RETHINKING TOMORROW TOGETHER

MAURA K. MORAN

RETHINKING TOMORROW TOGETHER
FOR 2019
PRESIDENT ELECT

Vote for Maura K. Moran for 2019 IEEE-USA President-Elect!

IEEE-USA has been experiencing declining membership. Since most of IEEE-USA’s revenue comes directly from member dues, IEEE-USA has found itself operating in a resource constrained environment. 
Like any family in such circumstances, IEEE-USA needs to be focused and targeted:

  • focused on ways to bring in more resources and members, and
  • targeted in spending available resources only on what provides most benefit to its core missions.

IEEE-USA's Strategic and Operational Plan recognizes those realities and affirms its priorities as IEEE-USA’s core missions of public policy and member careers. I applaud and support IEEE-USA’s commitment to living within its means and to targeting its efforts on its core missions. I also think that we can and should focus on ways to increase new membership and member retention rates.

Maura's IEEE Participation

  • 2016 - 2017 IEEE-USA Board, VP of Government Relations
  • 2014 - 2015 IEEE-USA IP Policy Ctte, Vice-Chair
  • 2018 TAB AdHoc on Contracts Review, Chair
  • 2018 WIE Boston Vice-Chair
  • Societies: Robotics & Automation Computer Computational Intelligence Social Implication of Tech
  • HKN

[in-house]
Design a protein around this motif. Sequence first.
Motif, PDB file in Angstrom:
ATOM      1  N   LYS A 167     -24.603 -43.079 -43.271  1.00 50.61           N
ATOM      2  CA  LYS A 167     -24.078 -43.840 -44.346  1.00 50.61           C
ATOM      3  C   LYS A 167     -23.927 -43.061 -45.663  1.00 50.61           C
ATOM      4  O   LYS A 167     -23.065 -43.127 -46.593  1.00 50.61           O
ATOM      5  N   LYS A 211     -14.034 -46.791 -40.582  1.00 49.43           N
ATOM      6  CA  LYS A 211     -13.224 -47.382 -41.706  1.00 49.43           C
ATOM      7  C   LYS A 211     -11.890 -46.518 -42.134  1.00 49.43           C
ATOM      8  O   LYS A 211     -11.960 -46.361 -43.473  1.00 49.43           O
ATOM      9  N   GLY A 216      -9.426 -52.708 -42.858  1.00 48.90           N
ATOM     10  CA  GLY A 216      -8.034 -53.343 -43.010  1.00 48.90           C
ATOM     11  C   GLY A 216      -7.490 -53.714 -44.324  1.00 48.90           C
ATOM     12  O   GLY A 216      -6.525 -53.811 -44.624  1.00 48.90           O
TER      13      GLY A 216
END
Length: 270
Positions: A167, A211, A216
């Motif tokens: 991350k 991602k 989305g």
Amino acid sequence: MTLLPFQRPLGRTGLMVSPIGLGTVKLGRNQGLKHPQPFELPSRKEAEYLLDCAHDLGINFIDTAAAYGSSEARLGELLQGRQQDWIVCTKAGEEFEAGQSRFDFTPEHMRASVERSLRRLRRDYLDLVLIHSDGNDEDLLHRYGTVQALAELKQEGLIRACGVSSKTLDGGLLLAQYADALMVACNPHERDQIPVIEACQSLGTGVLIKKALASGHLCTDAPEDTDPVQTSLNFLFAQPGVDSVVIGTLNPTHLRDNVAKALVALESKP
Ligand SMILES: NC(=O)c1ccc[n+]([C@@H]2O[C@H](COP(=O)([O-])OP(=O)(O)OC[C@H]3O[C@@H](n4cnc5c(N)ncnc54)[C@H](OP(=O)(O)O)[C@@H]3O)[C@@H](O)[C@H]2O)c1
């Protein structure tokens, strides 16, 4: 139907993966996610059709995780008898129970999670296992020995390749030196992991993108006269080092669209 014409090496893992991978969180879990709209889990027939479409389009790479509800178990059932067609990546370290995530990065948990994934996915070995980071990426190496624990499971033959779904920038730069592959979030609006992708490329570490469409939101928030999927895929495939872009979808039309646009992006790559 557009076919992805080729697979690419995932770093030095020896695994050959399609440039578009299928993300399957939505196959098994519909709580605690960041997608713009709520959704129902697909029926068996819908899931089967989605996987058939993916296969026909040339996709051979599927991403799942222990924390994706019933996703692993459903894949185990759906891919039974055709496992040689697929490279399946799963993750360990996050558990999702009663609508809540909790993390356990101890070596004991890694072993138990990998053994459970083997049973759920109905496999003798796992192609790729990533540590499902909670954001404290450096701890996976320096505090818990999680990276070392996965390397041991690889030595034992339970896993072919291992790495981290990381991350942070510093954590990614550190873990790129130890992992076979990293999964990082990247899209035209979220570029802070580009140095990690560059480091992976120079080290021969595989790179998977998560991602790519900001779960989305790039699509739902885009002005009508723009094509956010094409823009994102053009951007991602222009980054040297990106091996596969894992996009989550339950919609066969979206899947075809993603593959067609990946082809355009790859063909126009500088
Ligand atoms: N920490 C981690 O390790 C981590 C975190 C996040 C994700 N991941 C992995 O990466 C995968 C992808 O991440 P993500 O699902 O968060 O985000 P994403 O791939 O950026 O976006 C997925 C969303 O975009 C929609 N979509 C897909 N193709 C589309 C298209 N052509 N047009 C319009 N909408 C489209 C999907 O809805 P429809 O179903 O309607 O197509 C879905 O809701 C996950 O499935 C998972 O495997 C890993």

Maura's Mission: Make IEEE & IEEE-USA Indispensable

I am committed to making IEEE-USA indispensable to: 

To Members & Their Families

To convince U.S. technology professionals to join and then stay with IEEE, we should recraft IEEE-USA Value-Added so that their decisions to join IEEE and then remain as members is a non-brainer. 

Fit Membership to Today's Members

IEEE-USA should not only suit the kinds of members that IEEE had 40 years ago. IEEE-USA can and should adjust itself to sustain the technology professionals that we are today: 

  • No matter how we work (employees, consultants, contractors, academicians, consultants, temps, project workers, entrepreneurs, serial employee, retired);
  • No matter what kind of career we have (engineers, scientists, computers, IT, mathematicians - even technology lawyers!); and
  • No matter how long we have been in our careers (students, young professionals, mid-careers, senior members, life members).

Focus on Students & Young Professionals

We can and should focus on students and young professionals; they are our future.

  • Some of their career challenges are the same as those faced by more senior IEEE members. IEEE-USA should facilitate mentoring.
  • Many of their career challenges are quite unique. IEEE-USA should adapt member benefits and its public policy activities to support them.

To Our Professions

Focus on Multi-Disciplinary Thinking & Collaboration